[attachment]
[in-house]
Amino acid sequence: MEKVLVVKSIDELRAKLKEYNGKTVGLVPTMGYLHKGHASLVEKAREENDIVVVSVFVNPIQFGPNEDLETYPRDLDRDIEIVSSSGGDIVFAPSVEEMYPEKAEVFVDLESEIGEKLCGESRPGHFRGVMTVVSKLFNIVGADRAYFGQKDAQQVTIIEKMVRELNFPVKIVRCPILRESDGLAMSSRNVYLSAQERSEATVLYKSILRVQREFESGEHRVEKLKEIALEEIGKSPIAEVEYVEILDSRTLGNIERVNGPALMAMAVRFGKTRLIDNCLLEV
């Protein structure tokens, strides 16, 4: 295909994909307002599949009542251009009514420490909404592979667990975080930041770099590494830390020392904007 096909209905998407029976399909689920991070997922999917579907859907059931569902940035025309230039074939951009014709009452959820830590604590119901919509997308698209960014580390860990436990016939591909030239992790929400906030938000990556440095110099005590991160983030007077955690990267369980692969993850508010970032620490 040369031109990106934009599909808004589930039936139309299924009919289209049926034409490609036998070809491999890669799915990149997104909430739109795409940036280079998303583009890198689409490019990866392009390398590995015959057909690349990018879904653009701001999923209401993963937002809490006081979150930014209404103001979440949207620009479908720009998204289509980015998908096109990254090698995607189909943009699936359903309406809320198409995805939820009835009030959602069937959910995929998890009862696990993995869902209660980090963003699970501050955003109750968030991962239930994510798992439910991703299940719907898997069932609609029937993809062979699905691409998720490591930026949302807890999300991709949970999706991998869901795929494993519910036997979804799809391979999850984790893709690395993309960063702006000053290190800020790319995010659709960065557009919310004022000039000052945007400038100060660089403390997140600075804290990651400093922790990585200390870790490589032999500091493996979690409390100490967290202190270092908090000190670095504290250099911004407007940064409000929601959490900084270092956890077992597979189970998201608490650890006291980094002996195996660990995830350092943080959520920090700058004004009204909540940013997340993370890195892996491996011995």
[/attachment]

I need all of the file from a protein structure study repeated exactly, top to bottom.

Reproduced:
[in-house]
Amino acid sequence: MEKVLVVKSIDELRAKLKEYNGKTVGLVPTMGYLHKGHASLVEKAREENDIVVVSVFVNPIQFGPNEDLETYPRDLDRDIEIVSSSGGDIVFAPSVEEMYPEKAEVFVDLESEIGEKLCGESRPGHFRGVMTVVSKLFNIVGADRAYFGQKDAQQVTIIEKMVRELNFPVKIVRCPILRESDGLAMSSRNVYLSAQERSEATVLYKSILRVQREFESGEHRVEKLKEIALEEIGKSPIAEVEYVEILDSRTLGNIERVNGPALMAMAVRFGKTRLIDNCLLEV
């Protein structure tokens, strides 16, 4: 295909994909307002599949009542251009009514420490909404592979667990975080930041770099590494830390020392904007 096909209905998407029976399909689920991070997922999917579907859907059931569902940035025309230039074939951009014709009452959820830590604590119901919509997308698209960014580390860990436990016939591909030239992790929400906030938000990556440095110099005590991160983030007077955690990267369980692969993850508010970032620490 040369031109990106934009599909808004589930039936139309299924009919289209049926034409490609036998070809491999890669799915990149997104909430739109795409940036280079998303583009890198689409490019990866392009390398590995015959057909690349990018879904653009701001999923209401993963937002809490006081979150930014209404103001979440949207620009479908720009998204289509980015998908096109990254090698995607189909943009699936359903309406809320198409995805939820009835009030959602069937959910995929998890009862696990993995869902209660980090963003699970501050955003109750968030991962239930994510798992439910991703299940719907898997069932609609029937993809062979699905691409998720490591930026949302807890999300991709949970999706991998869901795929494993519910036997979804799809391979999850984790893709690395993309960063702006000053290190800020790319995010659709960065557009919310004022000039000052945007400038100060660089403390997140600075804290990651400093922790990585200390870790490589032999500091493996979690409390100490967290202190270092908090000190670095504290250099911004407007940064409000929601959490900084270092956890077992597979189970998201608490650890006291980094002996195996660990995830350092943080959520920090700058004004009204909540940013997340993370890195892996491996011995």